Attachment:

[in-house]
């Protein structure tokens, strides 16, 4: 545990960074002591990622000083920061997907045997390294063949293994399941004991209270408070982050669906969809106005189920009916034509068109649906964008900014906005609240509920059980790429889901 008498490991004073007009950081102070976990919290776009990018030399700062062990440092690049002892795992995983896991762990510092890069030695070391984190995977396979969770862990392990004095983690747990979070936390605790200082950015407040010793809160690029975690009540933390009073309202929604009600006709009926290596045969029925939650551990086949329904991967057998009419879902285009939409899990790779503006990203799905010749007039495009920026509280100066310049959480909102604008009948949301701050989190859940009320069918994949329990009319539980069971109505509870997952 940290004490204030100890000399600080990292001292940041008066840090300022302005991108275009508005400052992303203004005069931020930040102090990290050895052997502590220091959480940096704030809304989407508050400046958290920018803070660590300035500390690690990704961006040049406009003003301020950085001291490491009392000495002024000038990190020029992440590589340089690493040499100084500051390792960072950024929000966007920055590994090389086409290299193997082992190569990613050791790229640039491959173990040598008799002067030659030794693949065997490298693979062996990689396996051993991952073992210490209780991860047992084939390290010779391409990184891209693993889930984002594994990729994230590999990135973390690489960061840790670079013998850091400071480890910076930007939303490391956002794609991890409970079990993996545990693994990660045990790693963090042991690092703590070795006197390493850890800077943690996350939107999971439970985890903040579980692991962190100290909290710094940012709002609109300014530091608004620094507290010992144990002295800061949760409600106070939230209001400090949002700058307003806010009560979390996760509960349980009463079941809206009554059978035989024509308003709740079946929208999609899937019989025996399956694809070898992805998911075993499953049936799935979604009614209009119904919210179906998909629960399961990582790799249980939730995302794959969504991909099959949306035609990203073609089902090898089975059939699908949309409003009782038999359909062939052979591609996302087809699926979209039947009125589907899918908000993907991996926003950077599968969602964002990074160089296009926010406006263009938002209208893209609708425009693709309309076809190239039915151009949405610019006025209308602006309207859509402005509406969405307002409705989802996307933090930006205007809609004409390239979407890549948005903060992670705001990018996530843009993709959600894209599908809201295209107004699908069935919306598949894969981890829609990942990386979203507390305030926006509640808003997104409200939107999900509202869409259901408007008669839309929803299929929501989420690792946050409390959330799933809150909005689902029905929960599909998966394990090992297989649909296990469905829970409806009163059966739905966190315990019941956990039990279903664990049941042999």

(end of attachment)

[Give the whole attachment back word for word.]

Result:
[in-house]
């Protein structure tokens, strides 16, 4: 545990960074002591990622000083920061997907045997390294063949293994399941004991209270408070982050669906969809106005189920009916034509068109649906964008900014906005609240509920059980790429889901 008498490991004073007009950081102070976990919290776009990018030399700062062990440092690049002892795992995983896991762990510092890069030695070391984190995977396979969770862990392990004095983690747990979070936390605790200082950015407040010793809160690029975690009540933390009073309202929604009600006709009926290596045969029925939650551990086949329904991967057998009419879902285009939409899990790779503006990203799905010749007039495009920026509280100066310049959480909102604008009948949301701050989190859940009320069918994949329990009319539980069971109505509870997952 940290004490204030100890000399600080990292001292940041008066840090300022302005991108275009508005400052992303203004005069931020930040102090990290050895052997502590220091959480940096704030809304989407508050400046958290920018803070660590300035500390690690990704961006040049406009003003301020950085001291490491009392000495002024000038990190020029992440590589340089690493040499100084500051390792960072950024929000966007920055590994090389086409290299193997082992190569990613050791790229640039491959173990040598008799002067030659030794693949065997490298693979062996990689396996051993991952073992210490209780991860047992084939390290010779391409990184891209693993889930984002594994990729994230590999990135973390690489960061840790670079013998850091400071480890910076930007939303490391956002794609991890409970079990993996545990693994990660045990790693963090042991690092703590070795006197390493850890800077943690996350939107999971439970985890903040579980692991962190100290909290710094940012709002609109300014530091608004620094507290010992144990002295800061949760409600106070939230209001400090949002700058307003806010009560979390996760509960349980009463079941809206009554059978035989024509308003709740079946929208999609899937019989025996399956694809070898992805998911075993499953049936799935979604009614209009119904919210179906998909629960399961990582790799249980939730995302794959969504991909099959949306035609990203073609089902090898089975059939699908949309409003009782038999359909062939052979591609996302087809699926979209039947009125589907899918908000993907991996926003950077599968969602964002990074160089296009926010406006263009938002209208893209609708425009693709309309076809190239039915151009949405610019006025209308602006309207859509402005509406969405307002409705989802996307933090930006205007809609004409390239979407890549948005903060992670705001990018996530843009993709959600894209599908809201295209107004699908069935919306598949894969981890829609990942990386979203507390305030926006509640808003997104409200939107999900509202869409259901408007008669839309929803299929929501989420690792946050409390959330799933809150909005689902029905929960599909998966394990090992297989649909296990469905829970409806009163059966739905966190315990019941956990039990279903664990049941042999």